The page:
• ESG Portfolio Company Reporting: Adopting a system of ESG portfolio company reporting, with transparency regarding environmental compliance, investments in increased safety mechanisms and environmental impact mitigation strategies. Funds can follow disclosure standards set by the Sustainability Accounting Standards Board (SASB) or the Global Reporting Initiative (GRI) to communicate corporate performance on industry-level sustainability issues. SASB standards use industry-specific disclosure topics, accounting metrics, technical protocols and activity metrics to better identify and disclose financially material sustainability information. Similarly, GRI standards help portfolio companies identify and describe their significant impacts and stakeholder expectations to meet ever-changing global sustainability challenges. By requiring reporting against specific benchmarks set by established international organizations like SASB or GRI, energy funds can ensure that companies across their portfolios apply consistent, comprehensive and measurable standards to their sustainability disclosures.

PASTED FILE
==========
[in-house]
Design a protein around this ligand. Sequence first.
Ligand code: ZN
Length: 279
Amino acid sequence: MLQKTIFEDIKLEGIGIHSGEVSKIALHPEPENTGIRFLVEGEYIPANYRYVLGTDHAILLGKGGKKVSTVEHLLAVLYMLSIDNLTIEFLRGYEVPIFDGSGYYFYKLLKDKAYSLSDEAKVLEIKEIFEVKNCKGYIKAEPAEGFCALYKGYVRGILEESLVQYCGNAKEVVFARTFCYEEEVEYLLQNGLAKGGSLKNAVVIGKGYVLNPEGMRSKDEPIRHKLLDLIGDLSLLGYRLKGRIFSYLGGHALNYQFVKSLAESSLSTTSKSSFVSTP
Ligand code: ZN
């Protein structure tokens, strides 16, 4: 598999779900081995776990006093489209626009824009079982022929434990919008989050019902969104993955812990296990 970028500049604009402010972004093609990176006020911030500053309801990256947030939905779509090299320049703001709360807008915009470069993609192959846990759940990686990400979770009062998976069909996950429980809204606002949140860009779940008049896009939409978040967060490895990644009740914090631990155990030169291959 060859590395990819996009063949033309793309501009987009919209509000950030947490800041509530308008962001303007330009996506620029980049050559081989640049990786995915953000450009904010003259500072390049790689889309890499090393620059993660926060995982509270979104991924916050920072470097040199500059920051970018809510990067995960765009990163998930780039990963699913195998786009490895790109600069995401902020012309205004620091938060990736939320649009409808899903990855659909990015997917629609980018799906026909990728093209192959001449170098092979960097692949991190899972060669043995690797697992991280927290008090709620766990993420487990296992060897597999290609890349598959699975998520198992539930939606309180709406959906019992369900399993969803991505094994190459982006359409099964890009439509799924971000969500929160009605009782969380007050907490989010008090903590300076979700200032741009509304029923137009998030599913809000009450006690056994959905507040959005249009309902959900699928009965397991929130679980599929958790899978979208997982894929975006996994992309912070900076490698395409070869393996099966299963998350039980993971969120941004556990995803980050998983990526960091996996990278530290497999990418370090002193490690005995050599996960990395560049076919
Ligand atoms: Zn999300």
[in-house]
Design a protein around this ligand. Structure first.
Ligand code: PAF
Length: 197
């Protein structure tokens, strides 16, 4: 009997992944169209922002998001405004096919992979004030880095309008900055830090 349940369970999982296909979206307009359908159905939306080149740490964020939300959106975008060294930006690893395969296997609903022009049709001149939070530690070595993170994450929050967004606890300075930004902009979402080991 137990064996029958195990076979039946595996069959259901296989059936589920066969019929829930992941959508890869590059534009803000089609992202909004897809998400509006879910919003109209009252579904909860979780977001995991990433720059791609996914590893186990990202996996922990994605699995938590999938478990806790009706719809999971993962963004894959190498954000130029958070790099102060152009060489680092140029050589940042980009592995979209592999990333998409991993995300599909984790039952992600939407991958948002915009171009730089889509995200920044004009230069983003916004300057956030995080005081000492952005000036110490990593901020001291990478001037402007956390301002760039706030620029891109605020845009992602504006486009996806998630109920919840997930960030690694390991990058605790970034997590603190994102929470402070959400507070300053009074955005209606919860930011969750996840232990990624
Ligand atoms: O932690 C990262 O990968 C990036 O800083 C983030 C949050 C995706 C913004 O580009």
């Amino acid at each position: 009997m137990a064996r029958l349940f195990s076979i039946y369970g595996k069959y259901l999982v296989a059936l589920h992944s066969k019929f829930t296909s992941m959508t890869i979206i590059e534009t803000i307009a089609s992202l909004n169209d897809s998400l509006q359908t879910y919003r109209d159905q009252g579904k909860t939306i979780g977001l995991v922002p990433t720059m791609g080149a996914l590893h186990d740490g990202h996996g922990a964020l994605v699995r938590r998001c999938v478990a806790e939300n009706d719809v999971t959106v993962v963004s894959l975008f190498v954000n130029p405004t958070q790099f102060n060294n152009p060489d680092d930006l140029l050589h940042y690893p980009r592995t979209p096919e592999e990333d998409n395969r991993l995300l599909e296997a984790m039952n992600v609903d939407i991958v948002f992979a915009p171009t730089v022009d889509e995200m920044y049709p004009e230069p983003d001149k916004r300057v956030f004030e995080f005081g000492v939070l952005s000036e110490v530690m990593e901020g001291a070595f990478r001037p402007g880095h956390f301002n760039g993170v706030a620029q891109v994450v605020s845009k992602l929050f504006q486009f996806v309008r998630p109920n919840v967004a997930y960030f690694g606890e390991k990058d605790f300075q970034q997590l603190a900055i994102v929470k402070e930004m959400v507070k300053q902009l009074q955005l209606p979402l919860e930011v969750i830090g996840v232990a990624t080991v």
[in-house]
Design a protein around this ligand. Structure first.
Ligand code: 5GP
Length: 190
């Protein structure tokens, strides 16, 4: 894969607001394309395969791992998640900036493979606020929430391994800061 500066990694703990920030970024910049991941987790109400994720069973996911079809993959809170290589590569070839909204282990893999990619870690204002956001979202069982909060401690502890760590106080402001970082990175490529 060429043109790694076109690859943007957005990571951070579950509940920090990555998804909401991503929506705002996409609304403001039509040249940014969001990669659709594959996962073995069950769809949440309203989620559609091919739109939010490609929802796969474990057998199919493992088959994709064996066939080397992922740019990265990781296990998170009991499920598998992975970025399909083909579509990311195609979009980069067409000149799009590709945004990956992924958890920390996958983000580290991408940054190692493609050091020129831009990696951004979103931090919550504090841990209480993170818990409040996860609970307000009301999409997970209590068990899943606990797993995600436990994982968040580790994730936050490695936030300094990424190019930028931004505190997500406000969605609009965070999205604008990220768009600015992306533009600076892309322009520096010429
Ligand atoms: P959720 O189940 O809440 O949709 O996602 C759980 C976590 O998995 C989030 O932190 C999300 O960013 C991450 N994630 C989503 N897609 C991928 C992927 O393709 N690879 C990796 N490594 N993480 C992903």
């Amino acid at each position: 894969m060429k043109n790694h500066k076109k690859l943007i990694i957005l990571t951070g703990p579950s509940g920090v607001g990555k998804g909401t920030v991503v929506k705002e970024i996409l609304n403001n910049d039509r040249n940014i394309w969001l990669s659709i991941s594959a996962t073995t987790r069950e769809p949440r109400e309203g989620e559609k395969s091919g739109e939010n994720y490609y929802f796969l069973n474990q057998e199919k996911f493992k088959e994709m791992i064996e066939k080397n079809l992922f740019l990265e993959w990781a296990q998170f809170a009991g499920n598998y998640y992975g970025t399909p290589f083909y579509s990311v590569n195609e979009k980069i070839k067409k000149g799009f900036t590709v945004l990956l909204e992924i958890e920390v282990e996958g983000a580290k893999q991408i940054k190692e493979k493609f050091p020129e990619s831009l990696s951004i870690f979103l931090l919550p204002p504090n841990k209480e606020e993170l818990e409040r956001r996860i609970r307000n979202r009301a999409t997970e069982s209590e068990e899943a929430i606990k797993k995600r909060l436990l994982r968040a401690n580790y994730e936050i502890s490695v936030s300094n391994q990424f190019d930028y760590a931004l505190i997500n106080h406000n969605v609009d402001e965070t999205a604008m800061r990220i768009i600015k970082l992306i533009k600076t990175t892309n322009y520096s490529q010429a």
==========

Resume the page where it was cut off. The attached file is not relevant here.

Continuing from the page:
• Highlight Broader ESG Standards: While environmental criteria are a key part of an ESG strategy, they are not the sole focus. By putting in place reporting and portfolio company requirements and guidelines for worker safety, community involvement, promotion of diverse hiring and supplier retention, and corporate governance, energy fund managers could position themselves to harvest potentially “low-hanging fruit” in these areas that they could highlight to ESG-conscious investors (in many instances, funds may already be undertaking many of the steps and should take efforts to account for the efforts). SASB and GRI contemplate a number of social, economic and governance factors relevant to the energy industry that go beyond just the “E” in ESG. These include security in or near areas of conflict, job creation, community relations, diverse employee and supplier recruitment, workforce health and safety, sexual harassment, violence against community members, human rights, rights of indigenous peoples, business ethics, corruption and transparency. Fund managers can use these widely applicable standards to help their portfolio companies showcase themselves as responsible actors in all facets of their operations. In addition, following applicable standards has the additional potential to result in cost-savings in certain scenarios.